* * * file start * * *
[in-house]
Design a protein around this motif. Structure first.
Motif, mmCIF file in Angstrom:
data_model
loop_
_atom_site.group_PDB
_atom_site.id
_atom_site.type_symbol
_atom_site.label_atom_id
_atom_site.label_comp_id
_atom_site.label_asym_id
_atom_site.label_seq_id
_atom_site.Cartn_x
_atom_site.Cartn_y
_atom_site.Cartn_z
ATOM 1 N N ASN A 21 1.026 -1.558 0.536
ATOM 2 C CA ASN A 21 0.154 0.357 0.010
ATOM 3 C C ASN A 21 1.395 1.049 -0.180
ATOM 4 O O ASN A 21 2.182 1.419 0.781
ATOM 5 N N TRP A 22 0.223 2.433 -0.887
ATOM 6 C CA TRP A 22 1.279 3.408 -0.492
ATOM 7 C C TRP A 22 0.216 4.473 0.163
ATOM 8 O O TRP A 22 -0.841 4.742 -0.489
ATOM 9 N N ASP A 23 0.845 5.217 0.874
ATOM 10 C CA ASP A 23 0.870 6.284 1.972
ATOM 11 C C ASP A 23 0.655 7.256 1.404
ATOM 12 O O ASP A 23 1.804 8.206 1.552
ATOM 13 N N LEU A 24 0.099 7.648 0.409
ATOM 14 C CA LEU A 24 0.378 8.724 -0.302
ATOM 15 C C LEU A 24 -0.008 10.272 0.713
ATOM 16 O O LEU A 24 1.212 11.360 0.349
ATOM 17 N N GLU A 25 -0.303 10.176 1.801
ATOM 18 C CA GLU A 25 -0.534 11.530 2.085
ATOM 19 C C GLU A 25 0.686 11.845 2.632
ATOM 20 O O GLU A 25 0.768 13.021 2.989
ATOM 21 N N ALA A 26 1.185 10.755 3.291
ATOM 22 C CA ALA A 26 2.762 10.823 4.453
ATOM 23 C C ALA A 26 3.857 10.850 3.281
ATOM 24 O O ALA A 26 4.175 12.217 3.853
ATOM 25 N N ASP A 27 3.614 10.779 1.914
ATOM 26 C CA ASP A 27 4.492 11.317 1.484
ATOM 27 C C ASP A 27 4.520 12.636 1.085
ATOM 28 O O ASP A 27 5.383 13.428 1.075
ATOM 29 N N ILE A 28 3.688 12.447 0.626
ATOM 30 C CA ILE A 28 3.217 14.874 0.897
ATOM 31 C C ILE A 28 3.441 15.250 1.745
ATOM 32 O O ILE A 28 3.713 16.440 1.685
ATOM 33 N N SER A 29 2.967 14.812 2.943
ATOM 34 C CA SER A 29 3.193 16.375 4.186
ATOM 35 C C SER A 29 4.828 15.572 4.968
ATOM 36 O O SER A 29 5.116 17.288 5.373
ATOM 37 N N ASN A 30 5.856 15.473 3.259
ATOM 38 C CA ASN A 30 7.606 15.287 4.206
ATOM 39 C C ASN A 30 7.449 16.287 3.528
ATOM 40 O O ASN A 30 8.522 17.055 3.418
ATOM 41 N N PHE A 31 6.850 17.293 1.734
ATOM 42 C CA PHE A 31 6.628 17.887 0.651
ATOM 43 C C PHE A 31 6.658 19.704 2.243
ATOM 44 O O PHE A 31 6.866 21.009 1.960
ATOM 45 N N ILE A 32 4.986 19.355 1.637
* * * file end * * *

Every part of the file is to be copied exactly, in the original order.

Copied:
[in-house]
Design a protein around this motif. Structure first.
Motif, mmCIF file in Angstrom:
data_model
loop_
_atom_site.group_PDB
_atom_site.id
_atom_site.type_symbol
_atom_site.label_atom_id
_atom_site.label_comp_id
_atom_site.label_asym_id
_atom_site.label_seq_id
_atom_site.Cartn_x
_atom_site.Cartn_y
_atom_site.Cartn_z
ATOM 1 N N ASN A 21 1.026 -1.558 0.536
ATOM 2 C CA ASN A 21 0.154 0.357 0.010
ATOM 3 C C ASN A 21 1.395 1.049 -0.180
ATOM 4 O O ASN A 21 2.182 1.419 0.781
ATOM 5 N N TRP A 22 0.223 2.433 -0.887
ATOM 6 C CA TRP A 22 1.279 3.408 -0.492
ATOM 7 C C TRP A 22 0.216 4.473 0.163
ATOM 8 O O TRP A 22 -0.841 4.742 -0.489
ATOM 9 N N ASP A 23 0.845 5.217 0.874
ATOM 10 C CA ASP A 23 0.870 6.284 1.972
ATOM 11 C C ASP A 23 0.655 7.256 1.404
ATOM 12 O O ASP A 23 1.804 8.206 1.552
ATOM 13 N N LEU A 24 0.099 7.648 0.409
ATOM 14 C CA LEU A 24 0.378 8.724 -0.302
ATOM 15 C C LEU A 24 -0.008 10.272 0.713
ATOM 16 O O LEU A 24 1.212 11.360 0.349
ATOM 17 N N GLU A 25 -0.303 10.176 1.801
ATOM 18 C CA GLU A 25 -0.534 11.530 2.085
ATOM 19 C C GLU A 25 0.686 11.845 2.632
ATOM 20 O O GLU A 25 0.768 13.021 2.989
ATOM 21 N N ALA A 26 1.185 10.755 3.291
ATOM 22 C CA ALA A 26 2.762 10.823 4.453
ATOM 23 C C ALA A 26 3.857 10.850 3.281
ATOM 24 O O ALA A 26 4.175 12.217 3.853
ATOM 25 N N ASP A 27 3.614 10.779 1.914
ATOM 26 C CA ASP A 27 4.492 11.317 1.484
ATOM 27 C C ASP A 27 4.520 12.636 1.085
ATOM 28 O O ASP A 27 5.383 13.428 1.075
ATOM 29 N N ILE A 28 3.688 12.447 0.626
ATOM 30 C CA ILE A 28 3.217 14.874 0.897
ATOM 31 C C ILE A 28 3.441 15.250 1.745
ATOM 32 O O ILE A 28 3.713 16.440 1.685
ATOM 33 N N SER A 29 2.967 14.812 2.943
ATOM 34 C CA SER A 29 3.193 16.375 4.186
ATOM 35 C C SER A 29 4.828 15.572 4.968
ATOM 36 O O SER A 29 5.116 17.288 5.373
ATOM 37 N N ASN A 30 5.856 15.473 3.259
ATOM 38 C CA ASN A 30 7.606 15.287 4.206
ATOM 39 C C ASN A 30 7.449 16.287 3.528
ATOM 40 O O ASN A 30 8.522 17.055 3.418
ATOM 41 N N PHE A 31 6.850 17.293 1.734
ATOM 42 C CA PHE A 31 6.628 17.887 0.651
ATOM 43 C C PHE A 31 6.658 19.704 2.243
ATOM 44 O O PHE A 31 6.866 21.009 1.960
ATOM 45 N N ILE A 32 4.986 19.355 1.637